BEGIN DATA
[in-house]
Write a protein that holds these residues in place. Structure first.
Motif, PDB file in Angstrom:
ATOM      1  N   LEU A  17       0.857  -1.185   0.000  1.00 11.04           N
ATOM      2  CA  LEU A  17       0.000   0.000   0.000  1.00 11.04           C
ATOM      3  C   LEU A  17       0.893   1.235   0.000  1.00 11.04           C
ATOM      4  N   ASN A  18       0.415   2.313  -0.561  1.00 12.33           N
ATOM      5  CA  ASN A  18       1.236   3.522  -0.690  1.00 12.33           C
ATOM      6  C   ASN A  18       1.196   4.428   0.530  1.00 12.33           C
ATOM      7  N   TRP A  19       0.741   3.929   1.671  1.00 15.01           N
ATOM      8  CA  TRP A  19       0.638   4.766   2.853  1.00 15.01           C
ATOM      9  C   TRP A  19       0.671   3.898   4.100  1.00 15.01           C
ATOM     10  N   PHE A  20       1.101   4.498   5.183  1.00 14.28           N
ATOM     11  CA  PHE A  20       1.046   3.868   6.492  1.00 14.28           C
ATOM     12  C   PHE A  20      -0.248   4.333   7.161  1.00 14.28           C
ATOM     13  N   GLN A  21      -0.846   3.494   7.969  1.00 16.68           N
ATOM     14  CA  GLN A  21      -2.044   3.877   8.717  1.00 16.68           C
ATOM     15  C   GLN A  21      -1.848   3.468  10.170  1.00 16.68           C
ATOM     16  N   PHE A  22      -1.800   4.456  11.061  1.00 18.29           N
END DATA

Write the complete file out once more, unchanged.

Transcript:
[in-house]
Write a protein that holds these residues in place. Structure first.
Motif, PDB file in Angstrom:
ATOM      1  N   LEU A  17       0.857  -1.185   0.000  1.00 11.04           N
ATOM      2  CA  LEU A  17       0.000   0.000   0.000  1.00 11.04           C
ATOM      3  C   LEU A  17       0.893   1.235   0.000  1.00 11.04           C
ATOM      4  N   ASN A  18       0.415   2.313  -0.561  1.00 12.33           N
ATOM      5  CA  ASN A  18       1.236   3.522  -0.690  1.00 12.33           C
ATOM      6  C   ASN A  18       1.196   4.428   0.530  1.00 12.33           C
ATOM      7  N   TRP A  19       0.741   3.929   1.671  1.00 15.01           N
ATOM      8  CA  TRP A  19       0.638   4.766   2.853  1.00 15.01           C
ATOM      9  C   TRP A  19       0.671   3.898   4.100  1.00 15.01           C
ATOM     10  N   PHE A  20       1.101   4.498   5.183  1.00 14.28           N
ATOM     11  CA  PHE A  20       1.046   3.868   6.492  1.00 14.28           C
ATOM     12  C   PHE A  20      -0.248   4.333   7.161  1.00 14.28           C
ATOM     13  N   GLN A  21      -0.846   3.494   7.969  1.00 16.68           N
ATOM     14  CA  GLN A  21      -2.044   3.877   8.717  1.00 16.68           C
ATOM     15  C   GLN A  21      -1.848   3.468  10.170  1.00 16.68           C
ATOM     16  N   PHE A  22      -1.800   4.456  11.061  1.00 18.29           N